The other visit, which I found extremely interesting, was the trip to Lone Star Farms by kind permission of Tom Sturgess. Mr Sturgess has too many businesses and achievements to list, but to name a few he was at one time the Chief Executive of the largest Printing company in the US and owned a chain of pig processing plants, where he processed over a third of all pigs in the US. IT was a true honor to hear him speak and his enthusiasm and lack of respect for anything he did not believe in was inspirational. He has built this business around 7 properties and at its peak every year holds 170,000 stock units. A stock unit is calculated as a ewe with one lamb being one unit or a cow with a calf being up to six units. Although some stock would be fattening and sold at this peak it is still an extremely large scale in comparison to anything in Scotland.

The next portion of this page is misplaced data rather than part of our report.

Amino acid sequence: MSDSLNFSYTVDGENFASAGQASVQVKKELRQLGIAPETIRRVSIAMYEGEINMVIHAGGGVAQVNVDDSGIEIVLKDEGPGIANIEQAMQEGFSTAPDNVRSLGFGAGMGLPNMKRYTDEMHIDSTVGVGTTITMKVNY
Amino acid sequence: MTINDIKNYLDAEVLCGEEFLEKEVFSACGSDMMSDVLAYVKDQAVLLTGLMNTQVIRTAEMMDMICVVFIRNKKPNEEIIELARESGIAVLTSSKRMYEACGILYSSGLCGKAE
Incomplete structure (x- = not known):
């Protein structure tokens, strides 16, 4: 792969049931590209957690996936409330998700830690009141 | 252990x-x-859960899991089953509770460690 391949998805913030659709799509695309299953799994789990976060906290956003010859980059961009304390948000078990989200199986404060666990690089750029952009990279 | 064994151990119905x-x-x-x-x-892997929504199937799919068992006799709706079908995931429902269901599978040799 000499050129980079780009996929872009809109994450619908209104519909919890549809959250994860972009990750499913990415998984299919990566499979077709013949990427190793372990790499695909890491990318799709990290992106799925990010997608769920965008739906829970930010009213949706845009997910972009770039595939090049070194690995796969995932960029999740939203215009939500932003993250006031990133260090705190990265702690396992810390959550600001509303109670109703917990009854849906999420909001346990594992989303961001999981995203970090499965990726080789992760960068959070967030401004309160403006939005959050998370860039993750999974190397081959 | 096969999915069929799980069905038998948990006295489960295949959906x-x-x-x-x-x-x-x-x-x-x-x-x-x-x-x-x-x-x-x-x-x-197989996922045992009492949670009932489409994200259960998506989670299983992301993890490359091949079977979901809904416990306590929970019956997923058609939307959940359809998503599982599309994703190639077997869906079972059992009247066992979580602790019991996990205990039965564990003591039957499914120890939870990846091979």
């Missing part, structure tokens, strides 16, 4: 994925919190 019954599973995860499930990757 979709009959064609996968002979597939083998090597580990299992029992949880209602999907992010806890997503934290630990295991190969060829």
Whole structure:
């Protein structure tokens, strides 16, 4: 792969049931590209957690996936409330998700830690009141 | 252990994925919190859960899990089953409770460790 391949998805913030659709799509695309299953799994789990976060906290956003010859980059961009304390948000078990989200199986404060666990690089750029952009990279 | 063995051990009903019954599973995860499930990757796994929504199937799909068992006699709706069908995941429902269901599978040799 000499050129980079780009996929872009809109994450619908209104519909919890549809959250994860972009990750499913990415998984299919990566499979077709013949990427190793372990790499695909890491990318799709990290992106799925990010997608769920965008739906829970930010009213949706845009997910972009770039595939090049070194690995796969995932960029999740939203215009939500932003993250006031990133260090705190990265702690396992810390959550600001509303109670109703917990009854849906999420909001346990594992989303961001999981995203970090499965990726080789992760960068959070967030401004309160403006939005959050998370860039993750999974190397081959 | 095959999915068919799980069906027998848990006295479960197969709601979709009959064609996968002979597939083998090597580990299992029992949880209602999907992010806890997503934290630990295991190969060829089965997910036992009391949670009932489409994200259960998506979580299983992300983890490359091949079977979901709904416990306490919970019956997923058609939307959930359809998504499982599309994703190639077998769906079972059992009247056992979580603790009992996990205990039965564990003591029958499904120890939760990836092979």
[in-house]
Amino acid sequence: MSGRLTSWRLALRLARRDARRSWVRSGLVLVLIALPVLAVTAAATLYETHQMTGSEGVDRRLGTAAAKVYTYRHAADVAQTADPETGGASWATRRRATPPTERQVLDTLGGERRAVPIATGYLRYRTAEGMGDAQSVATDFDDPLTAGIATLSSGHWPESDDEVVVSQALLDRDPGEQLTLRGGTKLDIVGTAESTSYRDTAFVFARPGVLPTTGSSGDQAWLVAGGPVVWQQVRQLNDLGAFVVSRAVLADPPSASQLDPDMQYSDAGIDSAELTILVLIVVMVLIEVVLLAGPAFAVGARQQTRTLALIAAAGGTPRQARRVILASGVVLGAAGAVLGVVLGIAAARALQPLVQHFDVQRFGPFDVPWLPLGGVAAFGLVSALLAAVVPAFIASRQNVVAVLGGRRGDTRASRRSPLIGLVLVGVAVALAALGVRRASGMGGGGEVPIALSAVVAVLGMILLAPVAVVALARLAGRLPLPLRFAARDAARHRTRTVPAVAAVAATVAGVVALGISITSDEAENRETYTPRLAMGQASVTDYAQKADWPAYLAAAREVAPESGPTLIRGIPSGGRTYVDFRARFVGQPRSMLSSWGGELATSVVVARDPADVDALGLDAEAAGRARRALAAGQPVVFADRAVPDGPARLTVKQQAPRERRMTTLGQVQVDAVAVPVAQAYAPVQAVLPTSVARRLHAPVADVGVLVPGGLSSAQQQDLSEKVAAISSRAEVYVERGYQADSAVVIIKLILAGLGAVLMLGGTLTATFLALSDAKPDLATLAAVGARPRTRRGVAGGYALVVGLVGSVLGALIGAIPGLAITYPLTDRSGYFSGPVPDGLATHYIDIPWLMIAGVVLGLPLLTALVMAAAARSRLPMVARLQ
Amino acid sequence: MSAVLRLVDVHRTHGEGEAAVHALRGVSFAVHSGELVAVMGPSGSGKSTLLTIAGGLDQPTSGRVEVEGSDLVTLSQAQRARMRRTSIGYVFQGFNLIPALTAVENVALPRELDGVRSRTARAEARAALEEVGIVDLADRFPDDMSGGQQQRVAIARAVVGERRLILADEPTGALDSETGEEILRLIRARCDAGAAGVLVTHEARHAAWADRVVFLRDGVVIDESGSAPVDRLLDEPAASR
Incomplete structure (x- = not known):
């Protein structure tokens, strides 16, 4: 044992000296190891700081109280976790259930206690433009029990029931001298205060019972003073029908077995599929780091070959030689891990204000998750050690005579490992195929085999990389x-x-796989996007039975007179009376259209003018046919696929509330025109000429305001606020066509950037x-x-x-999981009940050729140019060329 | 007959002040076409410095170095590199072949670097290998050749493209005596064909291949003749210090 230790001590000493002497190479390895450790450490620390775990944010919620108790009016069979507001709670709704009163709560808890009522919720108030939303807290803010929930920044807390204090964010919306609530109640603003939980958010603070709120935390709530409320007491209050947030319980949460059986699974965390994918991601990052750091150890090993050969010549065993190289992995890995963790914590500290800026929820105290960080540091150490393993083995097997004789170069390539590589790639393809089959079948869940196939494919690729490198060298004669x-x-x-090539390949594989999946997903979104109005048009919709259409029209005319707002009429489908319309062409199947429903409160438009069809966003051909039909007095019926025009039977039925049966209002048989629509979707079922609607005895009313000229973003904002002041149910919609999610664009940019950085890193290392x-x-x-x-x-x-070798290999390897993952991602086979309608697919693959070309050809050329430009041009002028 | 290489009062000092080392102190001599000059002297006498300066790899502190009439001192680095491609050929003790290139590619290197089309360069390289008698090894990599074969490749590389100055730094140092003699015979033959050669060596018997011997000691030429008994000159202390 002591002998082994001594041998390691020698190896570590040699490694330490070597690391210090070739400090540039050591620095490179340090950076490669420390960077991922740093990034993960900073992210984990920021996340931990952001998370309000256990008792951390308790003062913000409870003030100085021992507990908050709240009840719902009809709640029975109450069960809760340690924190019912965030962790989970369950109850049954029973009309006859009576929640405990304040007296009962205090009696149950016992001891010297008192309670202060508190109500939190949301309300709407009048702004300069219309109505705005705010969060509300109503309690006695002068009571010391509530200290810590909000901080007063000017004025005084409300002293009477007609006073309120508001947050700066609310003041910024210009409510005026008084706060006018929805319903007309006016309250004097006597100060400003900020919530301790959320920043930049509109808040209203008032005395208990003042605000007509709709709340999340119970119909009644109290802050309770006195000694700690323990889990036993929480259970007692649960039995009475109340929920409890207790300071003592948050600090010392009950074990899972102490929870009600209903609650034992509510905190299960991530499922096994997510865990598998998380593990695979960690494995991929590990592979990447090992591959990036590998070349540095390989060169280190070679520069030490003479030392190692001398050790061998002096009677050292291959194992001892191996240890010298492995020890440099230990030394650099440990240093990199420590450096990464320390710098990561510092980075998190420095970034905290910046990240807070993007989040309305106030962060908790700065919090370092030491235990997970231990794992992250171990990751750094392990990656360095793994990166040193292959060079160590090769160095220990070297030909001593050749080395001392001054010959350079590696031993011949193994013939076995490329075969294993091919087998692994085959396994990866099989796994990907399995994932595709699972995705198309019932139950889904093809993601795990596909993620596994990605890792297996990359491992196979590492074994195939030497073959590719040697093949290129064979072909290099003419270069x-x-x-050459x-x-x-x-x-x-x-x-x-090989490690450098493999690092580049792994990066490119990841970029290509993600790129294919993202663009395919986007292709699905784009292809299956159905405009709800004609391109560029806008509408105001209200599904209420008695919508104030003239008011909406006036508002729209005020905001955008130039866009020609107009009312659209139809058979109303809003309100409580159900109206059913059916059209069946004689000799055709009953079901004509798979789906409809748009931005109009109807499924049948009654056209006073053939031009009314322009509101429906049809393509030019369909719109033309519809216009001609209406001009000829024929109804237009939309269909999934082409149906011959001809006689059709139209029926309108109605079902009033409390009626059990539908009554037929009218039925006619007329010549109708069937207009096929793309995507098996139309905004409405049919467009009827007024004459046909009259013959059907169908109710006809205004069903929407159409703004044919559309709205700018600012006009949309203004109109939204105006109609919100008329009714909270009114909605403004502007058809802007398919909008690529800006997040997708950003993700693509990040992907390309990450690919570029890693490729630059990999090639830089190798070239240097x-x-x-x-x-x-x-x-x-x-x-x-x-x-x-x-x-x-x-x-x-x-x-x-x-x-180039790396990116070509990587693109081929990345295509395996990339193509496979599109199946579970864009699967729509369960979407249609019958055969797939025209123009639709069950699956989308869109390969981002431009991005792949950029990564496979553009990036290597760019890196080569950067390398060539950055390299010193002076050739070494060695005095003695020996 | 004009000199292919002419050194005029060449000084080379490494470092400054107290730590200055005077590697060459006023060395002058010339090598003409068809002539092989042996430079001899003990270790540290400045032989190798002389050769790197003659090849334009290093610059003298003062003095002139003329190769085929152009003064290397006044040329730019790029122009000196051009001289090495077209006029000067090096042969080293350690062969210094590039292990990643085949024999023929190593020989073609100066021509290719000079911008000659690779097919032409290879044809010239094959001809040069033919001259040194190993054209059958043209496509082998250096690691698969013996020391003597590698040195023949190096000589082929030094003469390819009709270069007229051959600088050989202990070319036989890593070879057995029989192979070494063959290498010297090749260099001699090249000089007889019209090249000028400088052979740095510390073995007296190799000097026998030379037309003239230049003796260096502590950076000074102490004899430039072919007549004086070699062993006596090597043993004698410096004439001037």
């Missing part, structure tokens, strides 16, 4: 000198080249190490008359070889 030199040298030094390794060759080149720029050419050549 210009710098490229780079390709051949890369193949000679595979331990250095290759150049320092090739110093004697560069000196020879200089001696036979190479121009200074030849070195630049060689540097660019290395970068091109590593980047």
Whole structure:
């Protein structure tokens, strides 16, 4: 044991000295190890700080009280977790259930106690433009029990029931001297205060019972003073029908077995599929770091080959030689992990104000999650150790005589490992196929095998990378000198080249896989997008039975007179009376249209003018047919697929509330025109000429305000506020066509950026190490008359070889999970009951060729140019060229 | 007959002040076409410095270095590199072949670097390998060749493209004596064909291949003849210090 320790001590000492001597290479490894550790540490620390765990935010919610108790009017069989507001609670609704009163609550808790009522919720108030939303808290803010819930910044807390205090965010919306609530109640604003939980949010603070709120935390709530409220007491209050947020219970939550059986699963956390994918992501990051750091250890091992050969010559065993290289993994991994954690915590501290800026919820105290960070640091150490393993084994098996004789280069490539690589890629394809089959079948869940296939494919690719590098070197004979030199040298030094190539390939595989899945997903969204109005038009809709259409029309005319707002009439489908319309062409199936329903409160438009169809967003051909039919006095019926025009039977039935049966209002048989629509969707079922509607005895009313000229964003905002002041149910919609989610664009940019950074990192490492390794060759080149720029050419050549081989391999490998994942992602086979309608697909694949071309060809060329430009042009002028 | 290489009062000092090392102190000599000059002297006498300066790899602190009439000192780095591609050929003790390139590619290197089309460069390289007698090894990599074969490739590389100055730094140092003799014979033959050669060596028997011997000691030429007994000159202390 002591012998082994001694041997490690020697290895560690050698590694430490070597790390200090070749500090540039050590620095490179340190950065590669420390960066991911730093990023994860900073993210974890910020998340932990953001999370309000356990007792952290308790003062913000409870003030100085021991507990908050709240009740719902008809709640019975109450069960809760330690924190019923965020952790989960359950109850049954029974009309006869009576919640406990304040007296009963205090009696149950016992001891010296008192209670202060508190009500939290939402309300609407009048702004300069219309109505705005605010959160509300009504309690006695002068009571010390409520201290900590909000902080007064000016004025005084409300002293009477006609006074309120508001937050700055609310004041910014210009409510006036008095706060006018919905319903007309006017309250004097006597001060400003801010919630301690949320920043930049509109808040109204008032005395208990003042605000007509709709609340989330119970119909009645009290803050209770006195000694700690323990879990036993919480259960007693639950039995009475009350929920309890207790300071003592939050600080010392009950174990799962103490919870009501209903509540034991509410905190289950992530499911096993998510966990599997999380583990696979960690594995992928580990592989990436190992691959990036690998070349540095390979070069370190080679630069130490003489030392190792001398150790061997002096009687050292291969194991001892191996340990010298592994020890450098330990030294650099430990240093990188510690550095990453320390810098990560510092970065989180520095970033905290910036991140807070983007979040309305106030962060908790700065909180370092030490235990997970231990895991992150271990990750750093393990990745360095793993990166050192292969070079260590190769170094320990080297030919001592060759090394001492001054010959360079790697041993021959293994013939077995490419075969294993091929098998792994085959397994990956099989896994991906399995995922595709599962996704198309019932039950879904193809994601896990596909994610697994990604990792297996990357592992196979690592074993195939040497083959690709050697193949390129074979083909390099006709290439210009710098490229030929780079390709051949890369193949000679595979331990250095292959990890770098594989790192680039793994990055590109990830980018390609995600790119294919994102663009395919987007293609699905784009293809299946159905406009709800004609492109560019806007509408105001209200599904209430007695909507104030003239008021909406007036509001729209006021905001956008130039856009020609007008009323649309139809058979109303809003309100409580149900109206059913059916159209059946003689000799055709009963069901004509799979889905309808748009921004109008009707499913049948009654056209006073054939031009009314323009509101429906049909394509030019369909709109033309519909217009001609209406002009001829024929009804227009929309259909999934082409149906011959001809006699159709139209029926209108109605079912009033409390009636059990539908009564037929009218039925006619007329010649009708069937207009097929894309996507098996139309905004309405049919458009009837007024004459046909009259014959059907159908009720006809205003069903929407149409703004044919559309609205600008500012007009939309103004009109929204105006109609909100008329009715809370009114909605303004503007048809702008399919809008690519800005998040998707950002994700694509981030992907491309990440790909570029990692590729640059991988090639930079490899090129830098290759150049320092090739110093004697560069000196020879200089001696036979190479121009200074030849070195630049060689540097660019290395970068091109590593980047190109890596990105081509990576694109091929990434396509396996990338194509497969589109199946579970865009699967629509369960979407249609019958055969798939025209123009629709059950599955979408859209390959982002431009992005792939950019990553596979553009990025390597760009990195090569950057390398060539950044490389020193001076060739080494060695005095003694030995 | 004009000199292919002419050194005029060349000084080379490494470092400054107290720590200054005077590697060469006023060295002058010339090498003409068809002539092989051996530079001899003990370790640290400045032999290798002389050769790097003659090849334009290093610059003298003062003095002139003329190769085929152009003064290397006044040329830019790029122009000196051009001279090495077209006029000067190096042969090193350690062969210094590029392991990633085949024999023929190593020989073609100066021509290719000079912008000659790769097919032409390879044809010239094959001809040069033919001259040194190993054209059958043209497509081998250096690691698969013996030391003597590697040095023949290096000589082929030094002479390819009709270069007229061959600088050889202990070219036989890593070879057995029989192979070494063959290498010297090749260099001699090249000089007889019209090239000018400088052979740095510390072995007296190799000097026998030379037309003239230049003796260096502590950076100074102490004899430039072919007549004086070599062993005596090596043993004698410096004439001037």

To me New Zealanders are very resolute in their ability as farmers, and use the media to tell the world that they have the best stock and management in the world. However from what I have seen I believe that their marketing surpasses the stock themselves and that they have the same problems with management as here in Scotland – just scaled up. The growing season there is longer, although there are drought ridden spots which suffer.
I feel very proud of the quality of stock in Scotland and think it is second to none and with management and technology becoming more efficient by the day it will have a long and prosperous future in the world meat market.
My experience was one I will never forget, and for me personally the people I met and the things I saw out shadowed the competition. New friends and business contacts have been made and I urge any young shepherd to get out there and enter the competition or travel to get a view from outside the box of their own business.